Hubert van den Berg
8 Dada as an Avant-Garde Movement and as Invective
Károly Kókai
9 “Dada Is the Best Paying Concern of the Day”: Consumer Culture, Performativity, and the Avant-Garde in Romania
Alexandra Chiriac

Part 3: Performativities



10 Marcel Breuer and Dada Performance: Remade Readymade Self and Furniture
Edit Tóth
11 Míra Holzbachová: Embodying the Avant-Garde
Meghan Forbes
12 To Write with Dots or Not to Write at All? Dada Ideas in Polish Interwar Literature
Michalina Kmiecik
13 Green Donkey Theatre: a Case Study on Theatrical Innovations in the Name of Dadaism
Sára Bagdi and Judit Galácz

Part 4: Trans(pos)itions



14 The Genesis of Dada: Futurist Influences in Germany, Romania and at the Cabaret Voltaire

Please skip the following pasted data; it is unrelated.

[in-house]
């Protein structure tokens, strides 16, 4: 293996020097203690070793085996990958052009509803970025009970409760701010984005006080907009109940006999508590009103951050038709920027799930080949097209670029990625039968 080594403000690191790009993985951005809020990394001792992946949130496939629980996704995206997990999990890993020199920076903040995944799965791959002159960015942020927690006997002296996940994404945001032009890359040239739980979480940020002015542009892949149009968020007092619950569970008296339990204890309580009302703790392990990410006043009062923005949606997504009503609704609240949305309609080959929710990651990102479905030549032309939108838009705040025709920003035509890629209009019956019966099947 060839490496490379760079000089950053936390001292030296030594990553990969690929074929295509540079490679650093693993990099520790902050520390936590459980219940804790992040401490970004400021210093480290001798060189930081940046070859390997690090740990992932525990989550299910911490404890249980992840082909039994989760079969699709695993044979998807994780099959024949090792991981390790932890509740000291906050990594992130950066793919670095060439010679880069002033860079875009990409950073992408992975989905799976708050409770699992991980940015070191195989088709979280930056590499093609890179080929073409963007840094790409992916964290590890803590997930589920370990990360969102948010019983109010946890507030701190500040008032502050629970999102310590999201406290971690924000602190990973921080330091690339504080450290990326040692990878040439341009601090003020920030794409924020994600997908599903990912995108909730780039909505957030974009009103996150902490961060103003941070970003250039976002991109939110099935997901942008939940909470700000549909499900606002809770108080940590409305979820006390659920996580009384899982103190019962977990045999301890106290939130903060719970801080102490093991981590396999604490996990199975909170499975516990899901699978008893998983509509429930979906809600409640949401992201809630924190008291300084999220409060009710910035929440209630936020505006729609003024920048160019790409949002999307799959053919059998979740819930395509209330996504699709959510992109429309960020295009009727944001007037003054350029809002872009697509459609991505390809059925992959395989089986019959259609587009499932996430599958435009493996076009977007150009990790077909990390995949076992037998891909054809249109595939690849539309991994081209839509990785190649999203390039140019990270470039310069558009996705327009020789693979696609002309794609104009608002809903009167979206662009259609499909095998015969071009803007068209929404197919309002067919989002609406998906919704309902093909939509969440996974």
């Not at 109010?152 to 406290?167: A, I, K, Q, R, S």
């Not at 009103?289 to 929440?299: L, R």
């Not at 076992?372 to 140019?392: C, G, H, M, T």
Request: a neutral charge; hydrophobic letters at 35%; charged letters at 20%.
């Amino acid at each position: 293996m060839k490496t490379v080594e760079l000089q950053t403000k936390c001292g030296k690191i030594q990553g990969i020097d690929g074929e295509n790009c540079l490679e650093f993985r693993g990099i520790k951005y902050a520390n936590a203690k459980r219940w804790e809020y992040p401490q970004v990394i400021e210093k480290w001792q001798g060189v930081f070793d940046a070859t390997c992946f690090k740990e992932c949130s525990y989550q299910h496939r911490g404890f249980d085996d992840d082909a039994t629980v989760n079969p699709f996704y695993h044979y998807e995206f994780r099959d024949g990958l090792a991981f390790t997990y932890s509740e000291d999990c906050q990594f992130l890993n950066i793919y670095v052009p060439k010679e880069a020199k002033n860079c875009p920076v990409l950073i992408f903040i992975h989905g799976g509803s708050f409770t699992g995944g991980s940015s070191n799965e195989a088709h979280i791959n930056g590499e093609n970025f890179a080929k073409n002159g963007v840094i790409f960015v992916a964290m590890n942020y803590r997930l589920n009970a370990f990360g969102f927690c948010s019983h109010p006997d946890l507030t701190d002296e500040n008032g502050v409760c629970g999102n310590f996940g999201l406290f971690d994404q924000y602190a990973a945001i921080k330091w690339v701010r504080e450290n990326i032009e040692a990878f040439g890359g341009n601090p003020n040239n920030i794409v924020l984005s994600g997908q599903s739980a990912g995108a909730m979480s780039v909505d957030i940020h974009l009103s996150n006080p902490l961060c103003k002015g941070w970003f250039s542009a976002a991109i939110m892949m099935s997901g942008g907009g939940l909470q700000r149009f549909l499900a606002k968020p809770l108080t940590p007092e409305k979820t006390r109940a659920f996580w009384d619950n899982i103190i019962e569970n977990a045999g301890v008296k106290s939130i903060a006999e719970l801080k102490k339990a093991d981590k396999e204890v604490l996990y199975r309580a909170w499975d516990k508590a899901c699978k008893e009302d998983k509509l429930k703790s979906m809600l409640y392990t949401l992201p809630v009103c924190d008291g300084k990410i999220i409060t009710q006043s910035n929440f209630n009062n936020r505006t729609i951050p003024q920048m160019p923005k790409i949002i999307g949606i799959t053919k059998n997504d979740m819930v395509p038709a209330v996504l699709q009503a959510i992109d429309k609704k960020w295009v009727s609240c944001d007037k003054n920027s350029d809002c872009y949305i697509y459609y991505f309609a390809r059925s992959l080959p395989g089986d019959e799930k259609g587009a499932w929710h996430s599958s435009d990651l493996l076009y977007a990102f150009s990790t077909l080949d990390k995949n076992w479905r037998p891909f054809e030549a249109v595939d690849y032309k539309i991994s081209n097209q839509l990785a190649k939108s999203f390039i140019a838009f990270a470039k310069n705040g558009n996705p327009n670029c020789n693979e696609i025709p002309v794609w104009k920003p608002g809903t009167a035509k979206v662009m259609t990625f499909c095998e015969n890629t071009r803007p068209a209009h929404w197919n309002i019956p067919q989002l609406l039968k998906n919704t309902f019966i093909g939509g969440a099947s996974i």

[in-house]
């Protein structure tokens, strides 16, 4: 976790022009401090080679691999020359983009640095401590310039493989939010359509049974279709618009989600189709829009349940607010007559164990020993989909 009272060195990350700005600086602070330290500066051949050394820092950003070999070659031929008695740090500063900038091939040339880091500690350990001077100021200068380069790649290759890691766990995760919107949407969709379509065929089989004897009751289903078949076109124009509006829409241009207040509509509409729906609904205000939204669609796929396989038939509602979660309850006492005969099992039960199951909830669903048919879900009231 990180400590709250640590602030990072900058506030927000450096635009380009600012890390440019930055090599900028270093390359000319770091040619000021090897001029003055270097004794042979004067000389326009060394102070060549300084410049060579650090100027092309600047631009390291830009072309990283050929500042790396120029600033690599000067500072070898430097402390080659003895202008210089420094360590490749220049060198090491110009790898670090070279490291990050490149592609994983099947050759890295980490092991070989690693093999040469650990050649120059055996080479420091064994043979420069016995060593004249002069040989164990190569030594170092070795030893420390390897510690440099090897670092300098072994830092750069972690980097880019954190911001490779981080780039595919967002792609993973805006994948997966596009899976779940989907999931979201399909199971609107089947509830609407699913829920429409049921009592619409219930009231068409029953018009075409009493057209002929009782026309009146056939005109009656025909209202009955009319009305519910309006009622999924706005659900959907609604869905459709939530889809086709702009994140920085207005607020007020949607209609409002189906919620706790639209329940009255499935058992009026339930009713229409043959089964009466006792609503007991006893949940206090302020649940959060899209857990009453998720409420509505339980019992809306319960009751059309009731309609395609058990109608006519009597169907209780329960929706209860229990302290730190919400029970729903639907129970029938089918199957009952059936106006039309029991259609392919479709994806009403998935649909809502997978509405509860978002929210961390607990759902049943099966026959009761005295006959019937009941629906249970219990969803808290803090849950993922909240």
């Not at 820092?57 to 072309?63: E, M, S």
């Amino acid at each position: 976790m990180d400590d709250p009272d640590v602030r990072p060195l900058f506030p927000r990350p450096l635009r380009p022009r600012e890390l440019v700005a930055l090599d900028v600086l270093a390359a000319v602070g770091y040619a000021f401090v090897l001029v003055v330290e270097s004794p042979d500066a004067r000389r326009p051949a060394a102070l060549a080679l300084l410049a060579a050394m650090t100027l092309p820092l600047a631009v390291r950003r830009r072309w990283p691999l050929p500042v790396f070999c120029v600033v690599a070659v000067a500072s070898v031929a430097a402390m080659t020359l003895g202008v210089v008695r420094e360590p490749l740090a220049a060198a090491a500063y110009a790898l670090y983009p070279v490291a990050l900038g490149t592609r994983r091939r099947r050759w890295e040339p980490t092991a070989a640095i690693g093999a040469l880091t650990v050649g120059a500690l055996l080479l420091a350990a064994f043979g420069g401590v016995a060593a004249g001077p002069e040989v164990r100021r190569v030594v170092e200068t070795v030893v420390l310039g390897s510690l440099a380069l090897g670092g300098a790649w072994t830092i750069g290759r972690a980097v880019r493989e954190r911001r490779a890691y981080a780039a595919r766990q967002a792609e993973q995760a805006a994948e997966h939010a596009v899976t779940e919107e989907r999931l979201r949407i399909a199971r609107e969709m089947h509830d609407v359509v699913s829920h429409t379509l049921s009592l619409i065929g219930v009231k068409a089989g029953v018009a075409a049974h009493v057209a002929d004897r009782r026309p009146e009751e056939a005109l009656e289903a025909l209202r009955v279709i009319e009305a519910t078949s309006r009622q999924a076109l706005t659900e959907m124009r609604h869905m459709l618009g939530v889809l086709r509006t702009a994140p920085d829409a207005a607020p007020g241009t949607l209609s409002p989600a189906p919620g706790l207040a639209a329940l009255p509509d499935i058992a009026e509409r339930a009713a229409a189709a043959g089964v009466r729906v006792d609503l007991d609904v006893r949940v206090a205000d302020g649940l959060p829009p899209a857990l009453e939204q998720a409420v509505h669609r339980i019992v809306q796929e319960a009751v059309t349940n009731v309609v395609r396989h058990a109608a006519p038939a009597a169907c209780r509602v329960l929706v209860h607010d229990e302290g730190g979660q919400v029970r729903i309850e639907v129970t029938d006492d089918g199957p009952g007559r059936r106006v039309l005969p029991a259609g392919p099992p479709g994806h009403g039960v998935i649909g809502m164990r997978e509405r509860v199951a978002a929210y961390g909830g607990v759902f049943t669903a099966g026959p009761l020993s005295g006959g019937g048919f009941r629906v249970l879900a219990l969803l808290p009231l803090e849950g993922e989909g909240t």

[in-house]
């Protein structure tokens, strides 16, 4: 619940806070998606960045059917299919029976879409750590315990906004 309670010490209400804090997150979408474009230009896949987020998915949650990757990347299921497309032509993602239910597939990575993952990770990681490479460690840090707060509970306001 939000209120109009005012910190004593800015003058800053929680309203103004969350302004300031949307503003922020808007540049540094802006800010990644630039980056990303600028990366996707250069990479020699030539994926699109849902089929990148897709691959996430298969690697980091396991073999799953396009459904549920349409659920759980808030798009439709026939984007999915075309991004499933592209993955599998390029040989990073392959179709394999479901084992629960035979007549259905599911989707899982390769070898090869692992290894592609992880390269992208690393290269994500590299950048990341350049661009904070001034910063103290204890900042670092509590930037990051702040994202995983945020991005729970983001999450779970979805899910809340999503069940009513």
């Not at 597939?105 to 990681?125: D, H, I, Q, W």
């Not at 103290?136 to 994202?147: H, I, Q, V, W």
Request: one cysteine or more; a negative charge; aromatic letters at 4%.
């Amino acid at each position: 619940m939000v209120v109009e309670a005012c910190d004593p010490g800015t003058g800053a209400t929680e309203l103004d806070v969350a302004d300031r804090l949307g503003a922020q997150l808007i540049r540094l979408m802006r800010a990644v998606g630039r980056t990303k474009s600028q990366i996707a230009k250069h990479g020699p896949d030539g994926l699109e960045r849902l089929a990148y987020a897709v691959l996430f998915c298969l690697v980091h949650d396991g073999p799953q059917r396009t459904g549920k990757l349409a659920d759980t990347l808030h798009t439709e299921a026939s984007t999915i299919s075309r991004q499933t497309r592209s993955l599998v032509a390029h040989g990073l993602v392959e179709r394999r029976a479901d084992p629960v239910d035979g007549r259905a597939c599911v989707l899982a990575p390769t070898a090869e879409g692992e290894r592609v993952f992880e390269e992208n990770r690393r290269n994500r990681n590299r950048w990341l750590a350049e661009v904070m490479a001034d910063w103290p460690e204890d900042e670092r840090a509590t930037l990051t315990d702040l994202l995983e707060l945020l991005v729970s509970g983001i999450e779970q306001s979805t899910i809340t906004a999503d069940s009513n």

Günter Berghaus
15 Revolt and Authority: From Kassák to Erdély  Dada in the Hungarian Avant-Garde and Neo-Avant-Garde
Éva Forgács
16 Dadá, not Dáda: Moholy-Nagy in Berlin, 1920–1921
Oliver A. I. Botar
17 Words, Sounds, Images, Theories: the Authors of the Magazine IS in the Context of Dadaism
Imre József Balázs
18 Self-Positioning in the International Avant-Garde: Kassák’s Strategic Use of Dada and Constructivism in the Book of New Artists
Krisztina Zsófia Csaba

Part 5: Hybridentities



19 Raoul Hausmann and the Welteislehre: Science and Identity
Arndt Niebisch
20 Dada Lingua Franca: The Linguistic Fate of Tristan Tzara and Raoul Hausmann
Alexandru Bar and Michael White
21 Crossovers and Transgressions: Dada as a Life Strategy in Emil Szittya’s Works
Magdolna Gucsa
22 Android, Cyborg, Dandy and Woman
Representations of the Body in the Decadent and Dada Imaginations: The Hungarian and International Contexts
Györgyi Földes
23 The New Man, According to Sándor Bortnyik
Merse Pál Szeredi

Index
The target audience of the volume is academics, researchers, teachers, and students of the avant-garde in East-Central Europe, as well as those interested in the history of Dada and the avant-garde.